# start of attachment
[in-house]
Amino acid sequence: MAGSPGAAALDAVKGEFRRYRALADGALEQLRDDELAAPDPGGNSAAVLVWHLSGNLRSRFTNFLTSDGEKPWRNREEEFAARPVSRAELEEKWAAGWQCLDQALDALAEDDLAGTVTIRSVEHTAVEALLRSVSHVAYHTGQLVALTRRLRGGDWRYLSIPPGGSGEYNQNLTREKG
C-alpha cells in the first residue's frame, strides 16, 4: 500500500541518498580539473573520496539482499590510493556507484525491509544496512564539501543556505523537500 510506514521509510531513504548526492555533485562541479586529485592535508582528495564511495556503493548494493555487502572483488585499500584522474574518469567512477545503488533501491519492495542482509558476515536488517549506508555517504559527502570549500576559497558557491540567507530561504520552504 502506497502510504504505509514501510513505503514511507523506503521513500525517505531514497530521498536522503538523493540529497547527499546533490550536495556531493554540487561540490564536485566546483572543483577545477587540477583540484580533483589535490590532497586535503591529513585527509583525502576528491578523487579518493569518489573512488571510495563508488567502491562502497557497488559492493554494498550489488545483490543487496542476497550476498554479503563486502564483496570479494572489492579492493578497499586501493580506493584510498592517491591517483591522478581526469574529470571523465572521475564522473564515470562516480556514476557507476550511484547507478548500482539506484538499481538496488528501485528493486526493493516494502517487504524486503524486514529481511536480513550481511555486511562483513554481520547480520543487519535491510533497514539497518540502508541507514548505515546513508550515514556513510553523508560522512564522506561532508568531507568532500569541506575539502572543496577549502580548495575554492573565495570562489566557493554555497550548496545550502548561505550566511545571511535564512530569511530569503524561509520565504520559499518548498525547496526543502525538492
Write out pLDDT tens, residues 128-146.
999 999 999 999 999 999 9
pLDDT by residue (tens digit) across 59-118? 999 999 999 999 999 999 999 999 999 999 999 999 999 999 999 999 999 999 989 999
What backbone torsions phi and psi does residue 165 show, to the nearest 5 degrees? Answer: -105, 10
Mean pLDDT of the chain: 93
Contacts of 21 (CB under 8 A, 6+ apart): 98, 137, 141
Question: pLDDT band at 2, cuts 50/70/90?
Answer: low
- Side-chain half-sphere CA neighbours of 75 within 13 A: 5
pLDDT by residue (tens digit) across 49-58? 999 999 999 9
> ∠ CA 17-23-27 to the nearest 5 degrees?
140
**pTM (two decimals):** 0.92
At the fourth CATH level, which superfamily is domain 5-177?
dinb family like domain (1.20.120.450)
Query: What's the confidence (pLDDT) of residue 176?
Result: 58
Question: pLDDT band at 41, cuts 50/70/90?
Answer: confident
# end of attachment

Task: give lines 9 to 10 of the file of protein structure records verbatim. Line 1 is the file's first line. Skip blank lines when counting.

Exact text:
Contacts of 21 (CB under 8 A, 6+ apart): 98, 137, 141
Question: pLDDT band at 2, cuts 50/70/90?